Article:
Thankyou, I had already spoken to my vet. His response was "I can safely do it at any time." That wasn't really good enough for me. Mauser has been checked and can find nothing wrong with her. Scritch goes into heat within about a week or so after Mauser starts. Having two hormonal girls isn't any fun for them or us. The vet was recommended to me by aparn, the pug rescue in az.
So... you will take total stranger's opinion on the board on when it's safe to do the spay over a veterinarians? The veterinarian's "I can do it safely any time" isn't good enough? Would you like some fiery hoops for the vet to jump through?
I've never heard a single breeder (or veterinarian) say that it's best to wait 3 months after the heat cycle before spaying. I've heard that it's good to spay before the first heat cycle (or around 6 months). I've heard that it's best not to spay *during* the heat cycle due to increased blood flow to the area. But once the cycle is over though, it's back to being safe to spay. I can understand possibly waiting a week or two to make sure the vulva swelling and such has gone down, but not 3 months. Make sure to do preanesthetic testing on your dogs to check organ functions.
***Edited By: Minniyar on 1/22/2008 7:06:20 AM*** Reason: add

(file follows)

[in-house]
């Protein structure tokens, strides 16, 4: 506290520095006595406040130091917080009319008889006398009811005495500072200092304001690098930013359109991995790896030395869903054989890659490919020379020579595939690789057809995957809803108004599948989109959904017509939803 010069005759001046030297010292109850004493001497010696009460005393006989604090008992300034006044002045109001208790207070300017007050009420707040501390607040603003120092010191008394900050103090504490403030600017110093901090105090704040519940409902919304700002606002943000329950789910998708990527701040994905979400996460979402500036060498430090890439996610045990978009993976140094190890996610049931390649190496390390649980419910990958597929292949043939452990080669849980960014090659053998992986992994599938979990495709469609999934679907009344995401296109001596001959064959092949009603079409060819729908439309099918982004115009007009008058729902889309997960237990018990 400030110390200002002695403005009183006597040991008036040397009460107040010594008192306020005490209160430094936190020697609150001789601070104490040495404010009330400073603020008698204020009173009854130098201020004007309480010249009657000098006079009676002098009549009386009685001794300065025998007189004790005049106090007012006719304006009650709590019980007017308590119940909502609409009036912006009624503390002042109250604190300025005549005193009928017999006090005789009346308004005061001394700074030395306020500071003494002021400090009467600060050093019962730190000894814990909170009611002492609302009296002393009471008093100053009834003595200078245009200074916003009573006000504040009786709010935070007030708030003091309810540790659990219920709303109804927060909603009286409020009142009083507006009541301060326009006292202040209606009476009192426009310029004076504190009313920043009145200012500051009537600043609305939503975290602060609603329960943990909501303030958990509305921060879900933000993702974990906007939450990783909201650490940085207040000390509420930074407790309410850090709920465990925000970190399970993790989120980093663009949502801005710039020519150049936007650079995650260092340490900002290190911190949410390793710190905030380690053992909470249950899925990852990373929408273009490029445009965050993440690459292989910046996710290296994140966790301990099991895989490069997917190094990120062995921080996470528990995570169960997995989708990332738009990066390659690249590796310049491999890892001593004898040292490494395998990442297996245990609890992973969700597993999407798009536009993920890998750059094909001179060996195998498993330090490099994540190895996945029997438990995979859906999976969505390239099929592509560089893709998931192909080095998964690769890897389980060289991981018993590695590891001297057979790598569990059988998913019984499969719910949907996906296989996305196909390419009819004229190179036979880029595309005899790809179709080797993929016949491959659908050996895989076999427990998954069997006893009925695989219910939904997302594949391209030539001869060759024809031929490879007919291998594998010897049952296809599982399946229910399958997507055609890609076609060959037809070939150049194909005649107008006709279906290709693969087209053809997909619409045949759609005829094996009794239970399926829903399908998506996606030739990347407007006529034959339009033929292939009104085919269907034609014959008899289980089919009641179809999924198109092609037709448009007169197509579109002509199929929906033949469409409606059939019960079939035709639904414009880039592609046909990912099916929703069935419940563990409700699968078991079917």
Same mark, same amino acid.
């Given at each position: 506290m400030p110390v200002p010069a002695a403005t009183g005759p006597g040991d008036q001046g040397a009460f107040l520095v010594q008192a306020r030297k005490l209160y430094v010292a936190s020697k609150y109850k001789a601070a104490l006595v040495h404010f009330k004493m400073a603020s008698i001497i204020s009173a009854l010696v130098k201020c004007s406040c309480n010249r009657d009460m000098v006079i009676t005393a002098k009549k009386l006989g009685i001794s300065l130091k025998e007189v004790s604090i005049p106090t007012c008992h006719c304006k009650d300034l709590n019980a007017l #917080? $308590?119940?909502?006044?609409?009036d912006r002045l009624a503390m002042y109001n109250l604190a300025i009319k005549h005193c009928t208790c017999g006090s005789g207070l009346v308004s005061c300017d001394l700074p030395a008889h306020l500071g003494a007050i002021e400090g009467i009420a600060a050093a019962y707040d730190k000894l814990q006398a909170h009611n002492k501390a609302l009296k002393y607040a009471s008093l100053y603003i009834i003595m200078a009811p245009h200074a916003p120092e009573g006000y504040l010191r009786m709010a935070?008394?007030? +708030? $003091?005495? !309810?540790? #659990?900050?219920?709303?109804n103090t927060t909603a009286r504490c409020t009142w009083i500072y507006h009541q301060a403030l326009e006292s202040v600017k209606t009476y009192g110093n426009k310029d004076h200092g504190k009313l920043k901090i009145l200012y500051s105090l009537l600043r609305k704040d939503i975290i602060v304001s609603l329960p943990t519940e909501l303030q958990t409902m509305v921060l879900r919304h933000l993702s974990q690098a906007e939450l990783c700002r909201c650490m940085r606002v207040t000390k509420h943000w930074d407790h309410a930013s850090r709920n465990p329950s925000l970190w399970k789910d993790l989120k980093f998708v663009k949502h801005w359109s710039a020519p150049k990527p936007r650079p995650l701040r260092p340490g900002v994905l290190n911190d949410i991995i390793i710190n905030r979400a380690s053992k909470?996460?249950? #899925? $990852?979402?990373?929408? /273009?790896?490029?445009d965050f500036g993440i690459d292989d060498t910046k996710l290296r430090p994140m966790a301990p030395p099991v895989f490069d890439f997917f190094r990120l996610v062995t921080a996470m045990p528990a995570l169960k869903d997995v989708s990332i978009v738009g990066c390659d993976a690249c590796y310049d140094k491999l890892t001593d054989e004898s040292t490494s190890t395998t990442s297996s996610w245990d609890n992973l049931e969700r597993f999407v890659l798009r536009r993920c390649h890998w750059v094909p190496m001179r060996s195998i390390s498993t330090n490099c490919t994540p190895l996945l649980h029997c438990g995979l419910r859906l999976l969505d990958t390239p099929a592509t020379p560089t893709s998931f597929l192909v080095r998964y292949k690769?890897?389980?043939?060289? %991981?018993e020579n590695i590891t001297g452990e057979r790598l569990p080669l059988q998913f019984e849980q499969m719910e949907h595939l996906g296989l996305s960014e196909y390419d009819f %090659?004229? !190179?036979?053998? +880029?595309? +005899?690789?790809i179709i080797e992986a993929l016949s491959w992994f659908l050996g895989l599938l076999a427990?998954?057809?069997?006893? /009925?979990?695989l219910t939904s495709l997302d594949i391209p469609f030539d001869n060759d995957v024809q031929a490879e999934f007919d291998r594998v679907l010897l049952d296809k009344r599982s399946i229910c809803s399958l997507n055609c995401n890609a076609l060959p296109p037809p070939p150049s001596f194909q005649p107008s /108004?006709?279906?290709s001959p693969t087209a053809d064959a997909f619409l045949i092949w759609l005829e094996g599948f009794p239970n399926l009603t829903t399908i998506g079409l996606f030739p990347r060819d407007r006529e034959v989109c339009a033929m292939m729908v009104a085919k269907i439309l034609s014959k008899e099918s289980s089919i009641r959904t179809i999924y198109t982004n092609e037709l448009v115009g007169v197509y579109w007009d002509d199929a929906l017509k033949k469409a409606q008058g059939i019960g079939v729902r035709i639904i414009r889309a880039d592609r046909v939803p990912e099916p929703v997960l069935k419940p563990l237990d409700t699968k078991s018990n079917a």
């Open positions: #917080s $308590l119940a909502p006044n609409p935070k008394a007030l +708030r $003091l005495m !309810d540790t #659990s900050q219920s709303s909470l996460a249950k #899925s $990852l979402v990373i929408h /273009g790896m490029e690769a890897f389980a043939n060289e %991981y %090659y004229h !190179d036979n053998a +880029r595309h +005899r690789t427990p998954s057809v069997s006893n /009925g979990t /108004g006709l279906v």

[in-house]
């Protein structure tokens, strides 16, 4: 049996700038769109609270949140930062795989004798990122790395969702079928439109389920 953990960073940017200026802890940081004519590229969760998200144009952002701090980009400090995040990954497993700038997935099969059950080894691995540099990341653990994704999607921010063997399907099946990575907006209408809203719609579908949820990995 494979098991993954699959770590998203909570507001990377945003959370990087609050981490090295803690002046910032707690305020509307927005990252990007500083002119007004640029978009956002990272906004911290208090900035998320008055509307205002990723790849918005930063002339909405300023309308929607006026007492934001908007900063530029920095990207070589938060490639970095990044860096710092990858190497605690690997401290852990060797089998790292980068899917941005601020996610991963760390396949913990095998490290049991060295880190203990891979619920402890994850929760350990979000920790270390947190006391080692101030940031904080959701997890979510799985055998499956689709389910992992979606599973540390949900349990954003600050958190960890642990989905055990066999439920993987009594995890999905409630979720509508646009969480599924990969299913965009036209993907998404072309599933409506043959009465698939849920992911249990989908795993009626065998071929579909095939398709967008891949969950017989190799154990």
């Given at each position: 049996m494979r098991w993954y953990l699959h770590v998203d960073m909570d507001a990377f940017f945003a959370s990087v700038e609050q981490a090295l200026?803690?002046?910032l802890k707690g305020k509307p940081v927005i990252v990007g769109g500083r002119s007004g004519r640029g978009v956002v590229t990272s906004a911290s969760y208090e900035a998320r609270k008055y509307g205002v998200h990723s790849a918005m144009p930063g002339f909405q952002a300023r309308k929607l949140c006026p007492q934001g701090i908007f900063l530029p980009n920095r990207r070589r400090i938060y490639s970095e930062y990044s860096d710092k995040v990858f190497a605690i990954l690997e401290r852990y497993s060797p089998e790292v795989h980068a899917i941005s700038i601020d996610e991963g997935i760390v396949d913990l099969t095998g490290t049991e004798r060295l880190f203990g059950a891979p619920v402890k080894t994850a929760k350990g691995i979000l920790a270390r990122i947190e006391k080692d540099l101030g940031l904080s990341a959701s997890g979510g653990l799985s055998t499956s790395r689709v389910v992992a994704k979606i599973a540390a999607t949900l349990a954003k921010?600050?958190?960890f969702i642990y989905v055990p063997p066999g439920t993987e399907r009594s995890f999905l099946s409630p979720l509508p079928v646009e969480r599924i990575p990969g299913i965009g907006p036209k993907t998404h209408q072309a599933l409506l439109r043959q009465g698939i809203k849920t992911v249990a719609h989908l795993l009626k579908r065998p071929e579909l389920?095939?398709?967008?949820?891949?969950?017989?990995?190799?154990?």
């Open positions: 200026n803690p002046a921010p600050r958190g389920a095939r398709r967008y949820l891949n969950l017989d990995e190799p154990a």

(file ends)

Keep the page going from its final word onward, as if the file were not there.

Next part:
Never trust a tall dwarf... he's lying about something.
When my youngest went into heat 3 days before her scheduled spay appointment I called the vet and was told that he wouldn't spay her until 2 months after the heat cycle was finished. They said the logic behind that was that heat cycles are generally every 6 months to a year, by waiting 2 months after the cycle was done meant there was definately no swelling left and they were still far enough from their next cycle to not create any problems. Of course that logic would not work with a 3 month cycle...
No, I wouldn't take a stranger's advice over a vets. My vet's knowledge certainly surpasses mine. However other's points may help me address concerns that I wish to speak to vet about.
I work in the medical field myself (human), and know that doctors are far from infallible. They certainly can't read minds. I would prefer to have all of my questions answered before the surgery takes place.
I wouldn't get my vet to jump through fiery hoops, but if I could get the receptionist to do it, the wait in the waiting room would go much faster!
Minniyar's post is right on with what I've always heard and read. The only reason for waiting if it is during the heat is because of the blood flow. Otherwise the advice is always a resounding "Spay now!".